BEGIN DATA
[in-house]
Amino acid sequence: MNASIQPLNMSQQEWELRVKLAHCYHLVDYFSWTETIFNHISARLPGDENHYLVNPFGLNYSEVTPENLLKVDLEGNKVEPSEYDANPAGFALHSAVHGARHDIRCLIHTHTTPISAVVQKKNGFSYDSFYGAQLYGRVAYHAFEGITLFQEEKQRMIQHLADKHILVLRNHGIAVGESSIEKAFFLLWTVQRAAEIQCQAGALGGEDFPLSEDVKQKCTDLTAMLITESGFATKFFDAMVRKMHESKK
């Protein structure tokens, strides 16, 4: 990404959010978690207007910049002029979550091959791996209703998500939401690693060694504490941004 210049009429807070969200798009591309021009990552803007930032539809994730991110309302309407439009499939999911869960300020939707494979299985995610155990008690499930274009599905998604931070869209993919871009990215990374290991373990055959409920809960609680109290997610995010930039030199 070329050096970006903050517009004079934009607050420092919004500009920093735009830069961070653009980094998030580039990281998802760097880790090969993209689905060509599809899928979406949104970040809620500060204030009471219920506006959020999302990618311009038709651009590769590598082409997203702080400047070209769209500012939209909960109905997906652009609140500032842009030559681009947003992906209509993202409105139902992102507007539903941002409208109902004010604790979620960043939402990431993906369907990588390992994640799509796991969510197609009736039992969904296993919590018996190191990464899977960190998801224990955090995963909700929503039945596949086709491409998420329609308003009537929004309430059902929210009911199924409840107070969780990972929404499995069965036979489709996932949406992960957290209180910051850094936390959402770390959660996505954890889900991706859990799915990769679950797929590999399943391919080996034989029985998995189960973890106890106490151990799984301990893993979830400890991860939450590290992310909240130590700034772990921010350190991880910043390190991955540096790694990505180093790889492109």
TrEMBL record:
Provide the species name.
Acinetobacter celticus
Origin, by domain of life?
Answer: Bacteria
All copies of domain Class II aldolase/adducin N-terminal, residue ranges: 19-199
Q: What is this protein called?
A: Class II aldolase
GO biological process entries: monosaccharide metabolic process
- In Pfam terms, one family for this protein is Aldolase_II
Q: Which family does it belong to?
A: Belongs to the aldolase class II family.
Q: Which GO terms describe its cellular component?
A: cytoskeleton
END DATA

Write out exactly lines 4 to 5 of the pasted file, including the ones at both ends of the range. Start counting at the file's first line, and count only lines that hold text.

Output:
TrEMBL record:
Provide the species name.